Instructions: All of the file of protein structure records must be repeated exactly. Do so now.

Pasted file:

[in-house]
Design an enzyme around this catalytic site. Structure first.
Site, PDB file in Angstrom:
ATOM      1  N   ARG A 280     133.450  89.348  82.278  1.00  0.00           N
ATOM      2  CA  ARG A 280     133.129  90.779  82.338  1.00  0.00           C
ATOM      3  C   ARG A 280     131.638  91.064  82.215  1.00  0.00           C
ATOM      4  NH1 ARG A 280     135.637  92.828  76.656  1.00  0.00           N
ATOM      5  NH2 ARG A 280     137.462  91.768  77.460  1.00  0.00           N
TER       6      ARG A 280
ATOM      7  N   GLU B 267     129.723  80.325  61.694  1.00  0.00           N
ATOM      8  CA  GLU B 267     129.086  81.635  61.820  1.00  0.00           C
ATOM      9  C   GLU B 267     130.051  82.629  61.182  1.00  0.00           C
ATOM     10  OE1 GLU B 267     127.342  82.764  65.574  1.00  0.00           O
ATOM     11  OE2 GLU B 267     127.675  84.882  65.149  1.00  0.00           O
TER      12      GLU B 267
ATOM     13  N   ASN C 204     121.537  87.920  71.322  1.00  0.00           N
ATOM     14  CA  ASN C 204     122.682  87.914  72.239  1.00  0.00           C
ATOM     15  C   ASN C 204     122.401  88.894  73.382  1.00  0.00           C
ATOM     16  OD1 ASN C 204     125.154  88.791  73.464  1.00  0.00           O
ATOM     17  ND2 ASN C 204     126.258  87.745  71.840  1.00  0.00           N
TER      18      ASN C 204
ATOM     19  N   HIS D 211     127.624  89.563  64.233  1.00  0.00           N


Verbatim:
[in-house]
Design an enzyme around this catalytic site. Structure first.
Site, PDB file in Angstrom:
ATOM      1  N   ARG A 280     133.450  89.348  82.278  1.00  0.00           N
ATOM      2  CA  ARG A 280     133.129  90.779  82.338  1.00  0.00           C
ATOM      3  C   ARG A 280     131.638  91.064  82.215  1.00  0.00           C
ATOM      4  NH1 ARG A 280     135.637  92.828  76.656  1.00  0.00           N
ATOM      5  NH2 ARG A 280     137.462  91.768  77.460  1.00  0.00           N
TER       6      ARG A 280
ATOM      7  N   GLU B 267     129.723  80.325  61.694  1.00  0.00           N
ATOM      8  CA  GLU B 267     129.086  81.635  61.820  1.00  0.00           C
ATOM      9  C   GLU B 267     130.051  82.629  61.182  1.00  0.00           C
ATOM     10  OE1 GLU B 267     127.342  82.764  65.574  1.00  0.00           O
ATOM     11  OE2 GLU B 267     127.675  84.882  65.149  1.00  0.00           O
TER      12      GLU B 267
ATOM     13  N   ASN C 204     121.537  87.920  71.322  1.00  0.00           N
ATOM     14  CA  ASN C 204     122.682  87.914  72.239  1.00  0.00           C
ATOM     15  C   ASN C 204     122.401  88.894  73.382  1.00  0.00           C
ATOM     16  OD1 ASN C 204     125.154  88.791  73.464  1.00  0.00           O
ATOM     17  ND2 ASN C 204     126.258  87.745  71.840  1.00  0.00           N
TER      18      ASN C 204
ATOM     19  N   HIS D 211     127.624  89.563  64.233  1.00  0.00           N